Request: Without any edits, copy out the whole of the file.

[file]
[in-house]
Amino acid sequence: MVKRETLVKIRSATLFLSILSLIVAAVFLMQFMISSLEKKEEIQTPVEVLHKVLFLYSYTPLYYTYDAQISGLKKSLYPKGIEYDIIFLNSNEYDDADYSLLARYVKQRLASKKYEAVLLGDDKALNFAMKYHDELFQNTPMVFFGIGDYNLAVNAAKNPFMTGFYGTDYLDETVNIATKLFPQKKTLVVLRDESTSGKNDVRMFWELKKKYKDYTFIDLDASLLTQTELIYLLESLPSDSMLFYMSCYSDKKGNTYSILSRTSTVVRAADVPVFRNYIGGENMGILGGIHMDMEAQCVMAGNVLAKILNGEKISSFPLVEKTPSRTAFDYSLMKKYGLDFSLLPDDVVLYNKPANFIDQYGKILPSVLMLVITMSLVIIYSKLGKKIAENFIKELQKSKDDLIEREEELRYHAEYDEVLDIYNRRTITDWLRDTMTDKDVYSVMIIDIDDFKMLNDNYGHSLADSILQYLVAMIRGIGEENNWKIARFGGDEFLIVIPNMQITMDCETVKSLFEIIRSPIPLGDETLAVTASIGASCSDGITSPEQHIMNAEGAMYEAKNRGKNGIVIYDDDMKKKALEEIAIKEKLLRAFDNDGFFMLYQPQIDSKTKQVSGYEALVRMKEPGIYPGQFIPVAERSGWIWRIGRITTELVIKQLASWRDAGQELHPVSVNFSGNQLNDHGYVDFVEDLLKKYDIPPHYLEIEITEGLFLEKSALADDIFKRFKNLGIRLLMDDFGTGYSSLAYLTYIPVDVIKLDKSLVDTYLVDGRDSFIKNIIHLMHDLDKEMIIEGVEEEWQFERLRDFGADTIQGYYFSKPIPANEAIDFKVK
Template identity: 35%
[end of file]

[in-house]
Amino acid sequence: MVKRETLVKIRSATLFLSILSLIVAAVFLMQFMISSLEKKEEIQTPVEVLHKVLFLYSYTPLYYTYDAQISGLKKSLYPKGIEYDIIFLNSNEYDDADYSLLARYVKQRLASKKYEAVLLGDDKALNFAMKYHDELFQNTPMVFFGIGDYNLAVNAAKNPFMTGFYGTDYLDETVNIATKLFPQKKTLVVLRDESTSGKNDVRMFWELKKKYKDYTFIDLDASLLTQTELIYLLESLPSDSMLFYMSCYSDKKGNTYSILSRTSTVVRAADVPVFRNYIGGENMGILGGIHMDMEAQCVMAGNVLAKILNGEKISSFPLVEKTPSRTAFDYSLMKKYGLDFSLLPDDVVLYNKPANFIDQYGKILPSVLMLVITMSLVIIYSKLGKKIAENFIKELQKSKDDLIEREEELRYHAEYDEVLDIYNRRTITDWLRDTMTDKDVYSVMIIDIDDFKMLNDNYGHSLADSILQYLVAMIRGIGEENNWKIARFGGDEFLIVIPNMQITMDCETVKSLFEIIRSPIPLGDETLAVTASIGASCSDGITSPEQHIMNAEGAMYEAKNRGKNGIVIYDDDMKKKALEEIAIKEKLLRAFDNDGFFMLYQPQIDSKTKQVSGYEALVRMKEPGIYPGQFIPVAERSGWIWRIGRITTELVIKQLASWRDAGQELHPVSVNFSGNQLNDHGYVDFVEDLLKKYDIPPHYLEIEITEGLFLEKSALADDIFKRFKNLGIRLLMDDFGTGYSSLAYLTYIPVDVIKLDKSLVDTYLVDGRDSFIKNIIHLMHDLDKEMIIEGVEEEWQFERLRDFGADTIQGYYFSKPIPANEAIDFKVK
Template identity: 35%